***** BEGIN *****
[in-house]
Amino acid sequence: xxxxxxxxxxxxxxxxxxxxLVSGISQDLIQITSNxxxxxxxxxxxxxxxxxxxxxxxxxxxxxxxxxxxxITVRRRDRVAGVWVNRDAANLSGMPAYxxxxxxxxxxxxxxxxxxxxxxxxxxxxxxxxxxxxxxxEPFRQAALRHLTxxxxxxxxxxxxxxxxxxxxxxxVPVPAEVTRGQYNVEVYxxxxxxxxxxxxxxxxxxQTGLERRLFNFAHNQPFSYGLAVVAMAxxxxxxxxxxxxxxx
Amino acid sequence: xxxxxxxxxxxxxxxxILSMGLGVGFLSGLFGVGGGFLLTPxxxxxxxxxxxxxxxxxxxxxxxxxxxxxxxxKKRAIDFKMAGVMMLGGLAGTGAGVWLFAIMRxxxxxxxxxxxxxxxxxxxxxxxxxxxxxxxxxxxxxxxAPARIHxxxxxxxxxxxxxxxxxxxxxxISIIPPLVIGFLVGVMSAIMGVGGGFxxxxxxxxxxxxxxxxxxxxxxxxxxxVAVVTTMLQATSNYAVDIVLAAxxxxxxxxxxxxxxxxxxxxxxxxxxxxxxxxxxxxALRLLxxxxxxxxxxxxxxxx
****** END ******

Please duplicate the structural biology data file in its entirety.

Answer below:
[in-house]
Amino acid sequence: xxxxxxxxxxxxxxxxxxxxLVSGISQDLIQITSNxxxxxxxxxxxxxxxxxxxxxxxxxxxxxxxxxxxxITVRRRDRVAGVWVNRDAANLSGMPAYxxxxxxxxxxxxxxxxxxxxxxxxxxxxxxxxxxxxxxxEPFRQAALRHLTxxxxxxxxxxxxxxxxxxxxxxxVPVPAEVTRGQYNVEVYxxxxxxxxxxxxxxxxxxQTGLERRLFNFAHNQPFSYGLAVVAMAxxxxxxxxxxxxxxx
Amino acid sequence: xxxxxxxxxxxxxxxxILSMGLGVGFLSGLFGVGGGFLLTPxxxxxxxxxxxxxxxxxxxxxxxxxxxxxxxxKKRAIDFKMAGVMMLGGLAGTGAGVWLFAIMRxxxxxxxxxxxxxxxxxxxxxxxxxxxxxxxxxxxxxxxAPARIHxxxxxxxxxxxxxxxxxxxxxxISIIPPLVIGFLVGVMSAIMGVGGGFxxxxxxxxxxxxxxxxxxxxxxxxxxxVAVVTTMLQATSNYAVDIVLAAxxxxxxxxxxxxxxxxxxxxxxxxxxxxxxxxxxxxALRLLxxxxxxxxxxxxxxxx